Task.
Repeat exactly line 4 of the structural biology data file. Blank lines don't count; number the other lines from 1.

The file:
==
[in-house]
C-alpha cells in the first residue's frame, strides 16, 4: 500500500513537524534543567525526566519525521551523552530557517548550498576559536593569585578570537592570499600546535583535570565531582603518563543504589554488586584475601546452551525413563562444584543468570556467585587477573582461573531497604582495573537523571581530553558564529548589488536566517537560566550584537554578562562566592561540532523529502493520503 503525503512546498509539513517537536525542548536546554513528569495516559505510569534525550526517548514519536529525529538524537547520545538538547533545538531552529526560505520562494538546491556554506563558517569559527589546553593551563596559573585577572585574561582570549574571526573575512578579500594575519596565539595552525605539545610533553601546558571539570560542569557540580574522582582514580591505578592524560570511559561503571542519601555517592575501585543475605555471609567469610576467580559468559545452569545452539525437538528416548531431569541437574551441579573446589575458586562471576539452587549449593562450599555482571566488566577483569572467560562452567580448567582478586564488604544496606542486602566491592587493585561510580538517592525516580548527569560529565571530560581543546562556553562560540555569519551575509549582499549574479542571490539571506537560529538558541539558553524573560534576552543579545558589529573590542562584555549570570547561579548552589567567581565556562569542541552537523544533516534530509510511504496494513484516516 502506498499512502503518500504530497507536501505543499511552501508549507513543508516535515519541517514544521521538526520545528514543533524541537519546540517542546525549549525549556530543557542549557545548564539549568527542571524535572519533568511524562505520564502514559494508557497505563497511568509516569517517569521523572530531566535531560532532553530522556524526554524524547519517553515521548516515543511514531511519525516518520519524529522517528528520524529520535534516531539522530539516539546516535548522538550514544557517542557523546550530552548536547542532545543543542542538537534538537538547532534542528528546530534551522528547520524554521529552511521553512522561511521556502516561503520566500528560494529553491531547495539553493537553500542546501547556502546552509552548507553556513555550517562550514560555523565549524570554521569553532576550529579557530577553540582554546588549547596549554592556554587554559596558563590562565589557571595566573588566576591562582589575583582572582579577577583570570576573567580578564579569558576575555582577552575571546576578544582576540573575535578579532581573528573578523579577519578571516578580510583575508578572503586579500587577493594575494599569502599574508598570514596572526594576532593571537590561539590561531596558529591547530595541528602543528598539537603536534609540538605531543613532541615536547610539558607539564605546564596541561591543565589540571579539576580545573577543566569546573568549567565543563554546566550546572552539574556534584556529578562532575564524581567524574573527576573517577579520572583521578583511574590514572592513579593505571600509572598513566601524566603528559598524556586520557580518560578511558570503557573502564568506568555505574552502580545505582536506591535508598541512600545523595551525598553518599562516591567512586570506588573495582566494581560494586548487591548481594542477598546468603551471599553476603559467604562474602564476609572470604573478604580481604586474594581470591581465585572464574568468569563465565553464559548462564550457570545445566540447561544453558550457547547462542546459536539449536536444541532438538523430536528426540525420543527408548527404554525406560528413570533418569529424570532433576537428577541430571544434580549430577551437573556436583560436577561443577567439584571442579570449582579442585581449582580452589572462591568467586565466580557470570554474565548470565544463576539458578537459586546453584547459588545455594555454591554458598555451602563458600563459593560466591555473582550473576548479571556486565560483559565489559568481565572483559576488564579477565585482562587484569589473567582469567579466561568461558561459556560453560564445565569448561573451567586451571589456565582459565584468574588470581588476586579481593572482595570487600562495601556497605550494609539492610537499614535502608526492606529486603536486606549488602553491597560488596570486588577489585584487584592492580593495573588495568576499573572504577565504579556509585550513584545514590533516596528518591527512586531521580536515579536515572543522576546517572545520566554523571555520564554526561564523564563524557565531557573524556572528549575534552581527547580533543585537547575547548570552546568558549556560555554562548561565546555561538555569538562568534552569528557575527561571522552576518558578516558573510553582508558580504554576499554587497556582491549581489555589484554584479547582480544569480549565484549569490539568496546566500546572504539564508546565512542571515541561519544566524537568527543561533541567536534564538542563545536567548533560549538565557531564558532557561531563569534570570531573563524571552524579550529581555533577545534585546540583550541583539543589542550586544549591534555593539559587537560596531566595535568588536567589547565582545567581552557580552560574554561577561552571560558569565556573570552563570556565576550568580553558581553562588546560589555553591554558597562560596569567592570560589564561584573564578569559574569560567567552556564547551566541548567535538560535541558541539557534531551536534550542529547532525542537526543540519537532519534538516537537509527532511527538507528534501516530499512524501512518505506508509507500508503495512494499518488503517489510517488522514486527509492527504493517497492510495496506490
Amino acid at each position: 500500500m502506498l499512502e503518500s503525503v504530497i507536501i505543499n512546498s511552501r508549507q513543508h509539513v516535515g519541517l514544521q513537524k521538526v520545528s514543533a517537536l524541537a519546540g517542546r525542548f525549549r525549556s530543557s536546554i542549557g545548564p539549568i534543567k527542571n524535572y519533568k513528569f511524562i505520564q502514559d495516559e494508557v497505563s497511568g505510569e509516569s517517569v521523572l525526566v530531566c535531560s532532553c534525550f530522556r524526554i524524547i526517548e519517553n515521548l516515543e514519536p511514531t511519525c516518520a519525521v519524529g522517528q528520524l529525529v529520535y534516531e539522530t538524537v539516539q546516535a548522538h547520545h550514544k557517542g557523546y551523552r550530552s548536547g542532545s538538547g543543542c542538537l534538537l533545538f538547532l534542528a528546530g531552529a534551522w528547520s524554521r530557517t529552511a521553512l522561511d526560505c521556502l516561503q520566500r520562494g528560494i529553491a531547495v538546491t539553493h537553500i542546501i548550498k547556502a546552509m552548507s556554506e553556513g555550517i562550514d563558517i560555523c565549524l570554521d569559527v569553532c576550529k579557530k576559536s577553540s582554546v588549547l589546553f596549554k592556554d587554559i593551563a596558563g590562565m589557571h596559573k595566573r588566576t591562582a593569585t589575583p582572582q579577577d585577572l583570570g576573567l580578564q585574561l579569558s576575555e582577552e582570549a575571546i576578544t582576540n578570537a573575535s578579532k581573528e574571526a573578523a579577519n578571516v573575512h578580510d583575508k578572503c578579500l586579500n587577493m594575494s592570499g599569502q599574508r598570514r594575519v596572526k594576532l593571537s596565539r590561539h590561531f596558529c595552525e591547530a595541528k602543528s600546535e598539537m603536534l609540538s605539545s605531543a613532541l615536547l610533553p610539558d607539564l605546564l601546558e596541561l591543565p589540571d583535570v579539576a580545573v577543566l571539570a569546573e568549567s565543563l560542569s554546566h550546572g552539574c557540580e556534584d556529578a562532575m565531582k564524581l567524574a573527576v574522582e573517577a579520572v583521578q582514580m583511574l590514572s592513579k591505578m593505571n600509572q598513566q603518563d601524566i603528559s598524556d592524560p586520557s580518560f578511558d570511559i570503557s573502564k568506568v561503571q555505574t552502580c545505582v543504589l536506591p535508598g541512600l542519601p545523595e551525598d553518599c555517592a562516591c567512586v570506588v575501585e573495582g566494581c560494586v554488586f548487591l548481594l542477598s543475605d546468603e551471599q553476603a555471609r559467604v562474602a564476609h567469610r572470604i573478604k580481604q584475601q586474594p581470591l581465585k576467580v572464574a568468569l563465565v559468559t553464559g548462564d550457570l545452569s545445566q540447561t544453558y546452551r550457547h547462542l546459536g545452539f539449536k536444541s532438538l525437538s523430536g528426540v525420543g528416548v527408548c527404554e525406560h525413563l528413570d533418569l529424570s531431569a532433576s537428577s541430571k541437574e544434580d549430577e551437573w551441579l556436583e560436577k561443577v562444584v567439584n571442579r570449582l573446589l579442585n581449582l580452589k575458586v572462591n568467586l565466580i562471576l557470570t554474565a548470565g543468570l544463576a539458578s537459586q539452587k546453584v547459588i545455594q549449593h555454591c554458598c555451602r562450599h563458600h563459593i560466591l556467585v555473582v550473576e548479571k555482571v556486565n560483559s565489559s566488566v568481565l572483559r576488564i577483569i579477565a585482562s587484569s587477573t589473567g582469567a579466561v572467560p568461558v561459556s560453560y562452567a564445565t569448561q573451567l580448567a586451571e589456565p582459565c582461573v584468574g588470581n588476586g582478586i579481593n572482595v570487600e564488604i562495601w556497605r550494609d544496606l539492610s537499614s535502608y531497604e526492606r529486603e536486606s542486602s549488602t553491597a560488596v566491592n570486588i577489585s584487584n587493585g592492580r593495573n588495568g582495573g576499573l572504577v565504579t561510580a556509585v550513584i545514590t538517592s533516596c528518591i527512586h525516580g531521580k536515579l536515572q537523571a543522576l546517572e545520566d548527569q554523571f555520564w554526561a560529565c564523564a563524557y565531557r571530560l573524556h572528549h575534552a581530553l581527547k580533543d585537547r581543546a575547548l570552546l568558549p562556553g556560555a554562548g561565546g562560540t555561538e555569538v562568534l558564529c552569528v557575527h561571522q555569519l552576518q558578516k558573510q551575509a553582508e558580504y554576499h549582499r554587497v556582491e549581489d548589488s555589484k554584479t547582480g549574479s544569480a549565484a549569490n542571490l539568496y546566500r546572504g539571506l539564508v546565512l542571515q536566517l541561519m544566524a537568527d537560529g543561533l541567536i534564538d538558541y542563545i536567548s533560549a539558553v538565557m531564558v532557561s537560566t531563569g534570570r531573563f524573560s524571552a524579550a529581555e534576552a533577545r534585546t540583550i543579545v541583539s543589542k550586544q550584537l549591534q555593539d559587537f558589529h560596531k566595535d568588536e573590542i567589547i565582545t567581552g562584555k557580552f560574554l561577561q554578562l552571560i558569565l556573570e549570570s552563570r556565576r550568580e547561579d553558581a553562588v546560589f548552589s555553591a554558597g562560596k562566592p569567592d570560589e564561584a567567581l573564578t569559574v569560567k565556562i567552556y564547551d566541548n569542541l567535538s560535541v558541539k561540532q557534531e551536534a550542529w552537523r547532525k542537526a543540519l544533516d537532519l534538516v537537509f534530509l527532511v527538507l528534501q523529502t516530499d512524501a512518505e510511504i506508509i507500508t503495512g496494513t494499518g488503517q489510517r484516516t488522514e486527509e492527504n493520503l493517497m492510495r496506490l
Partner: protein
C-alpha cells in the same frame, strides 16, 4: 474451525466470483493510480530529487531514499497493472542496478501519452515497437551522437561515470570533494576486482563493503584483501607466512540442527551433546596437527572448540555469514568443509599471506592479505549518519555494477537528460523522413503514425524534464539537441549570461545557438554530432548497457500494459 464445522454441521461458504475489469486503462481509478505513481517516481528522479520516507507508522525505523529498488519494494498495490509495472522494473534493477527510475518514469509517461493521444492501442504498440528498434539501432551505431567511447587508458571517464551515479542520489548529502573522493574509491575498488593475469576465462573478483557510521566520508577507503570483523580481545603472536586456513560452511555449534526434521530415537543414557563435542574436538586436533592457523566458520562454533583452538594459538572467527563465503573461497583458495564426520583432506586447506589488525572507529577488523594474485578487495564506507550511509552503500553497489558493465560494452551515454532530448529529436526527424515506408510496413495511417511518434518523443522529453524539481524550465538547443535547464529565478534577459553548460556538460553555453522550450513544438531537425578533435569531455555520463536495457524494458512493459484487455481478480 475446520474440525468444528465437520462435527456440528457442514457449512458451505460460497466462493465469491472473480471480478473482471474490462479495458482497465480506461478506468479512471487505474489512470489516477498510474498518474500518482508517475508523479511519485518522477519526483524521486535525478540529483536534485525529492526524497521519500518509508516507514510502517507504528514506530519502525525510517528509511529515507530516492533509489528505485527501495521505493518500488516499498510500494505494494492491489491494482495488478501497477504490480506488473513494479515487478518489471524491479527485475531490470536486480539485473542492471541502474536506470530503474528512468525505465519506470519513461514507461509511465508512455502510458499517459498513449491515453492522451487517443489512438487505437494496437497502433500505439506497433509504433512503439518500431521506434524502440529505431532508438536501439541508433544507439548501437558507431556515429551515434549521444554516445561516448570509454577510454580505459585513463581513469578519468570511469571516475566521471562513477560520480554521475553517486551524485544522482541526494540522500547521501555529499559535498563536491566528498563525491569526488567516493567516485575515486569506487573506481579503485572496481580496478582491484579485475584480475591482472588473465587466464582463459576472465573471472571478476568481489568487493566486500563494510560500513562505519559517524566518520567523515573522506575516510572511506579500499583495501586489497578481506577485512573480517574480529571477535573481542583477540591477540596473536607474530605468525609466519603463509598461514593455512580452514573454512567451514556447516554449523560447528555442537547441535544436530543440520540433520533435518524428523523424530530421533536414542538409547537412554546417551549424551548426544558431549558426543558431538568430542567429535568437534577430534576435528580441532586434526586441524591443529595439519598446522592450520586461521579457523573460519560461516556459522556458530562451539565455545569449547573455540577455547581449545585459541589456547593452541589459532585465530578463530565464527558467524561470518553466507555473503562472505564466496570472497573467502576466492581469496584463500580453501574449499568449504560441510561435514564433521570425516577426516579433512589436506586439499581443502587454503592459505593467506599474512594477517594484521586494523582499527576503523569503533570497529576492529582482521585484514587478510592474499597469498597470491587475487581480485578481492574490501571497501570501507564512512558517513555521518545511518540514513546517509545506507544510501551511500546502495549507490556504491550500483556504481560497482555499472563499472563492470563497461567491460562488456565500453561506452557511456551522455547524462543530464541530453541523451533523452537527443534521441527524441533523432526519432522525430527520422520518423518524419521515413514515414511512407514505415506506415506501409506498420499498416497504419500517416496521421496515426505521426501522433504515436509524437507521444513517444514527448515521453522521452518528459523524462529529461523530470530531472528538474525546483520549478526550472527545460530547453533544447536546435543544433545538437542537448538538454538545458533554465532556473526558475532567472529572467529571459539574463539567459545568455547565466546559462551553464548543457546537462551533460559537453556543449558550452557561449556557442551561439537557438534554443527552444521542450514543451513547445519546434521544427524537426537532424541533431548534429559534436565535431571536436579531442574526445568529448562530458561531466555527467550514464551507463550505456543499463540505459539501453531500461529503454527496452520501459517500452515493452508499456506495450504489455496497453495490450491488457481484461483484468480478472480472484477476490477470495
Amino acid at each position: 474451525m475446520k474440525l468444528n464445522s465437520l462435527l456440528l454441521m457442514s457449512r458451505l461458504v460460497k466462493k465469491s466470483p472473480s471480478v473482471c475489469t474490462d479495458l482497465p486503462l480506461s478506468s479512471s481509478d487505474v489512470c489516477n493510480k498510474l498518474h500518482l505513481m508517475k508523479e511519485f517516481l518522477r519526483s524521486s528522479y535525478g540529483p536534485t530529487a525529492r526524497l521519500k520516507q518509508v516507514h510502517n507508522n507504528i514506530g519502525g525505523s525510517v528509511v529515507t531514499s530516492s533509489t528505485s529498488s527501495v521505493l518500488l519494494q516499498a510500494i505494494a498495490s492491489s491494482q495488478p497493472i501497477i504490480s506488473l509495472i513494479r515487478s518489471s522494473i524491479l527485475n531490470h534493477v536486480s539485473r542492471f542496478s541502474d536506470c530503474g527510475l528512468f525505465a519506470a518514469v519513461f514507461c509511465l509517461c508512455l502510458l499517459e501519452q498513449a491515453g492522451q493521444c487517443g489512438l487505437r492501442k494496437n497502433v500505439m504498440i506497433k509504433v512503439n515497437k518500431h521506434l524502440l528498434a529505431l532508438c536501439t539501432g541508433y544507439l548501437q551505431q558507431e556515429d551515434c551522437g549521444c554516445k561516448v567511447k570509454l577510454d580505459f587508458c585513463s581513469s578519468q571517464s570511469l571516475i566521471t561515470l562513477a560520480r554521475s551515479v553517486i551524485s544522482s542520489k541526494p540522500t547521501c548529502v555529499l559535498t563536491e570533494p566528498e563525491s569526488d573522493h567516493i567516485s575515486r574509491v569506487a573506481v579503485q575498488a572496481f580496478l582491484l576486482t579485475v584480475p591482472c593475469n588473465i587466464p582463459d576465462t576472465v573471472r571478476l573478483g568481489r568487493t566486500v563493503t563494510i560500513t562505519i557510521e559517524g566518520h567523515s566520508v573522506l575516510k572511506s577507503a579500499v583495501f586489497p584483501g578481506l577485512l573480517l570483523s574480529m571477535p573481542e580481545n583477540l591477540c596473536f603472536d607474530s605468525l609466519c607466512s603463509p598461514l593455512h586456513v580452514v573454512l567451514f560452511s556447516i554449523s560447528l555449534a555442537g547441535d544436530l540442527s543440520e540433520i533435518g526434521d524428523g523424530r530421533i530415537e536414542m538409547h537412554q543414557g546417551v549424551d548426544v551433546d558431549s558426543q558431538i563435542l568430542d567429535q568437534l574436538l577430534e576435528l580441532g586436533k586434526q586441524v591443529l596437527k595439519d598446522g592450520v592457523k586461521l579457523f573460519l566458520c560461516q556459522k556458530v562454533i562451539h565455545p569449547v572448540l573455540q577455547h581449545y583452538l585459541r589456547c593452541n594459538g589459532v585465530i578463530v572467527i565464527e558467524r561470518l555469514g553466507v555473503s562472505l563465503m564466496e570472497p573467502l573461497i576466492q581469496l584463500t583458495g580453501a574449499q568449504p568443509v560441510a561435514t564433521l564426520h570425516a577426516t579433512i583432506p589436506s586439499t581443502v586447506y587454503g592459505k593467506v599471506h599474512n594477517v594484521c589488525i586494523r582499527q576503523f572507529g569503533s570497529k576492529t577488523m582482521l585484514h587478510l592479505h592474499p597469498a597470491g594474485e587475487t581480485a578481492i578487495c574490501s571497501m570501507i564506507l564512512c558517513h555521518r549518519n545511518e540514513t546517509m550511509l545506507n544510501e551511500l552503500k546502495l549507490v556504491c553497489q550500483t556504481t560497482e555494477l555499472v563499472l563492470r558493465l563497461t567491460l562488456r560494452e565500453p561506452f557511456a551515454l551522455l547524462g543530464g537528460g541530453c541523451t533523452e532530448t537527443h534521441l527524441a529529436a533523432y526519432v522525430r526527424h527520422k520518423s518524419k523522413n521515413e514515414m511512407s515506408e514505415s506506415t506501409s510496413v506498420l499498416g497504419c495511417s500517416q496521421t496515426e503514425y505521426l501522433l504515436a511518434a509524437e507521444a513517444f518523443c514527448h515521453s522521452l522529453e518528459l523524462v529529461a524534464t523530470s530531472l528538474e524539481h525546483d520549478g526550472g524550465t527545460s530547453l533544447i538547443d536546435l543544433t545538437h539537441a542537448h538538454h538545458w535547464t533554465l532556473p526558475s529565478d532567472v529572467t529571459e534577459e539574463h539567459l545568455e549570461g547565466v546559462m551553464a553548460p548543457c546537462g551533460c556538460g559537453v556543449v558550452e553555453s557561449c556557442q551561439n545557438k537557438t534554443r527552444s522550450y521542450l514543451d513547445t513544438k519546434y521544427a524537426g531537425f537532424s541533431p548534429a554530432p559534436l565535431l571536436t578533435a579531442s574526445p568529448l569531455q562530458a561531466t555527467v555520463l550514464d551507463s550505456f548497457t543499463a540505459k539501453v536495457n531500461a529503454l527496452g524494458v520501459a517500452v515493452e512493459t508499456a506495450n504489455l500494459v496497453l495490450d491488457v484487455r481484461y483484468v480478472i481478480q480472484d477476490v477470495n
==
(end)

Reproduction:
Partner: protein